For the last 40 years, the photographer Sebastião Salgado has been travelling through the continents, in the footsteps of an ever-changing humanity. He has witnessed some of the major ... See full summary »
Found inside a shining stalk of bamboo by an old bamboo cutter and his wife, a tiny girl grows rapidly into an exquisite young lady. The mysterious young princess enthralls all who encounter her - but ultimately she must confront her fate, the punishment for her crime.
Chloë Grace Moretz,
This doco is a closer look into the world of the most inspiring animation house in the world - Studio Ghibli. If you aren't already familiar, or in my case, obsessed with this animation crew, the main contributors are Isao Takahata ("My Neighbors the Yamadas" - 1999, "Grave of the Fireflies" - 1988) and Hayao Miyazaki ("Howl's Moving Castle" - 2004, "Princess Mononoke" - 1997, "Spirited Away" - 2001) who, is by far the visual genius at the Ghibli office. Miyazaki has delivered some of the most inspiring visuals of the highest quality with fantasy landscapes and characters that are incomparable to any other, I can vouch for this with "My Neighbor Totoro" (1988) high up in my list of favourite films.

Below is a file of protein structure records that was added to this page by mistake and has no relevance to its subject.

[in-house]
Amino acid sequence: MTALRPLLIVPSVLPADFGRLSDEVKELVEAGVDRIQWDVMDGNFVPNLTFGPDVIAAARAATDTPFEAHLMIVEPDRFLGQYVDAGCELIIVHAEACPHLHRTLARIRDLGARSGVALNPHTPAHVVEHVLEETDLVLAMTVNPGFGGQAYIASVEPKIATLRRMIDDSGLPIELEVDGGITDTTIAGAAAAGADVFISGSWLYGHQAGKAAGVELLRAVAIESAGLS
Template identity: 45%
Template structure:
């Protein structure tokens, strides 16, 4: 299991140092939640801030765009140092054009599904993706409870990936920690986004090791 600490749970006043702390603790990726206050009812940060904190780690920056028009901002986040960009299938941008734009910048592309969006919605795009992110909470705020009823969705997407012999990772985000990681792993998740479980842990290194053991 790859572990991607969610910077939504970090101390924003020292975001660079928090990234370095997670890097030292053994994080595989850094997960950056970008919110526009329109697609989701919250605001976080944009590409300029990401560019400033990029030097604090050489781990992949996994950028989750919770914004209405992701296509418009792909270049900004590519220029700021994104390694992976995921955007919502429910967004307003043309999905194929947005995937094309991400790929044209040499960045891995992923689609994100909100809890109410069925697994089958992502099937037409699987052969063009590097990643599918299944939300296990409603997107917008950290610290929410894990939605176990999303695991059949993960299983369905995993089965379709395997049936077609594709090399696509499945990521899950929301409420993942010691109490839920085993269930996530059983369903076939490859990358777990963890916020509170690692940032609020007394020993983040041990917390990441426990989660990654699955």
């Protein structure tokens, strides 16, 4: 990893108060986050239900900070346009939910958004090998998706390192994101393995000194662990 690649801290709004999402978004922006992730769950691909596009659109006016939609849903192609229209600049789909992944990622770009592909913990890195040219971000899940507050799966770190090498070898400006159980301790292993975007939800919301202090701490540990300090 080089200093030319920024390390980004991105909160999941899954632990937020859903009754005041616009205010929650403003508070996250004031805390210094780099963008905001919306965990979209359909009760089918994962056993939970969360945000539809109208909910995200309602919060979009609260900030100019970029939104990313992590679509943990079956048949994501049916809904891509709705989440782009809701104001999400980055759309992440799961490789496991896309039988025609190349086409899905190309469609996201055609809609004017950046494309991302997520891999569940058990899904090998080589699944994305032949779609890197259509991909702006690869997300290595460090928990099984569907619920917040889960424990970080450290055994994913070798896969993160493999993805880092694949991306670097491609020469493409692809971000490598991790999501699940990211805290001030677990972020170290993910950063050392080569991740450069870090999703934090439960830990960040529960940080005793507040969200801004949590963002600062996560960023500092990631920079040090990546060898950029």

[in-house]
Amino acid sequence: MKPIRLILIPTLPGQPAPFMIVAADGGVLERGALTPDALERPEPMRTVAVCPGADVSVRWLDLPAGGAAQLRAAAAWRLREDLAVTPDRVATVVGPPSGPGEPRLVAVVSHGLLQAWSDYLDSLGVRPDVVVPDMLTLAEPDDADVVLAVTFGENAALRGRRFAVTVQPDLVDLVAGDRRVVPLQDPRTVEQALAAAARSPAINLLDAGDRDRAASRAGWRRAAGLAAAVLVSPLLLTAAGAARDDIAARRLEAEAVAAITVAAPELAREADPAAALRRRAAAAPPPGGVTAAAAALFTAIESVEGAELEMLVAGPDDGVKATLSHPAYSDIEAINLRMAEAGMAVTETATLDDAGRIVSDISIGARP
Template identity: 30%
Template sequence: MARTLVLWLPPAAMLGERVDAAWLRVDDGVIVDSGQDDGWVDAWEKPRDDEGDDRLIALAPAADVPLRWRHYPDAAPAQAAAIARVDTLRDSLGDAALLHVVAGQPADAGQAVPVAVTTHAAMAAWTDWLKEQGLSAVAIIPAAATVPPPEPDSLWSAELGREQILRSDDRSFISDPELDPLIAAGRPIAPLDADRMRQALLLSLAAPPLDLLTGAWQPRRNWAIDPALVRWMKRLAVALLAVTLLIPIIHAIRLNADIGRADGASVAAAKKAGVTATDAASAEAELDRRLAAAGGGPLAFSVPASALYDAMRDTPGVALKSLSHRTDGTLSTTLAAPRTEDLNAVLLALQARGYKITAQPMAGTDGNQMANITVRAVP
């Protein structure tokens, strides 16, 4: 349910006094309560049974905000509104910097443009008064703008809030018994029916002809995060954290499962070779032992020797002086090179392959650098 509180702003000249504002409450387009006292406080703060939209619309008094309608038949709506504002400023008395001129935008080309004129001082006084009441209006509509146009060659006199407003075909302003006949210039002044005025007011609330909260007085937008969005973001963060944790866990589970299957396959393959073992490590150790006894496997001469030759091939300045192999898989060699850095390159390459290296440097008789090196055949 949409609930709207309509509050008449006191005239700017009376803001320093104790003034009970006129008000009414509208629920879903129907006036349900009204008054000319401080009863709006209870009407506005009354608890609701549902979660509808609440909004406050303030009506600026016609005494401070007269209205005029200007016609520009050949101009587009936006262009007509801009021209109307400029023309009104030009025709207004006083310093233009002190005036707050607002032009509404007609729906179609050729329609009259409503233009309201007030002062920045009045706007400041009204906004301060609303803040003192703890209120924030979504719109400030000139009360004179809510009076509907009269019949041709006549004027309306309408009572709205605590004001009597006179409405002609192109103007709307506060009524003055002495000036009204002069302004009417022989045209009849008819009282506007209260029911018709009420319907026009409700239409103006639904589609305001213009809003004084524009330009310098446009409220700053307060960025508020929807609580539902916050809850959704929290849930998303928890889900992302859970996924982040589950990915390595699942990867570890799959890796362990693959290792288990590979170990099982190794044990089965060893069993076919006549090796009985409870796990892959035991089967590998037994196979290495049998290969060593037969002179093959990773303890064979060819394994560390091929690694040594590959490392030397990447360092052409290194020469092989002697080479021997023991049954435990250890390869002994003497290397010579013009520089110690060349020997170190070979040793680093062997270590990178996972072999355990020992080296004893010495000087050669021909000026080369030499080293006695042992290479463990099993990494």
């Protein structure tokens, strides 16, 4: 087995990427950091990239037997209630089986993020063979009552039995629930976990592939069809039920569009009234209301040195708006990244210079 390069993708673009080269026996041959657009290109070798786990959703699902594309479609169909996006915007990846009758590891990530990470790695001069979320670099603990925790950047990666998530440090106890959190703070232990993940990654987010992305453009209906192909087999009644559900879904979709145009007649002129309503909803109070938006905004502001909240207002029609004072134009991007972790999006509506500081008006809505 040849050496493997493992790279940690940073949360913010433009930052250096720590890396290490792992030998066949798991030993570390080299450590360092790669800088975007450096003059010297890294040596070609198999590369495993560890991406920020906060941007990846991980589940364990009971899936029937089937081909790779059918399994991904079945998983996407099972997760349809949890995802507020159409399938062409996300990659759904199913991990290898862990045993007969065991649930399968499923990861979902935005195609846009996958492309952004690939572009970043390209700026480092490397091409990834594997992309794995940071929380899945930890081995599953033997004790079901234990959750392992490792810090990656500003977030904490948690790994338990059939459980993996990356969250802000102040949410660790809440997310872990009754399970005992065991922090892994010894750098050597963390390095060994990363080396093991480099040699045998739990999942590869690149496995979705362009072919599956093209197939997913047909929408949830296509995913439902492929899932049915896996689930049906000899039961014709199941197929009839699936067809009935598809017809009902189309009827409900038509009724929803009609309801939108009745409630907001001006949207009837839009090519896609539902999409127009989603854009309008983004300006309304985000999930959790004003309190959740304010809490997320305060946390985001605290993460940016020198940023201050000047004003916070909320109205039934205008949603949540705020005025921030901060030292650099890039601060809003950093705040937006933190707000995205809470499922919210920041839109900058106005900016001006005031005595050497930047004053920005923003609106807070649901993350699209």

Interviews with all the key Ghibli players are present: Ghibli President, Toshio Suzuki; key directors Takahata and of course Miyazaki
plus other amusing/enlightening interviews - for example a tour of
the Ghibli world via the 'biggest fan of Ghibli'. The Ghibli crew talk about their experiences working on the productions, the people they collaborated with, and the 'Ghibli experience' being a ride where fun is the primary objective. You also get a guided tour of the infamous Ghibli Mueseum by the manager of the praised museum, Miyazaki's son, where you'll see full size plush versions of Totoro and many of the characters in the films. Other content worth mentioning is visits to the locations that inspired Miyazaki's back drops, which as you'd expect, are huge tourist attractions, minus Princess Mononoke in person. Many movies are mentioned throughout as well as enough discussion with the major players, however it's more of an overview of the films and the Ghibli unit as a whole, so don't expect to see what colour underwear Miyazaki wears on Tuesdays.
Being a Ghibli nut, I still learnt a lot with this doco, no point where I was bored, it gave me a buzz to see more! However this is coming from a Ghibli fan so it's hard to disconnect from this to see if others would find it interesting, plus it doesn't go as deep as some Ghibli freaks would like.
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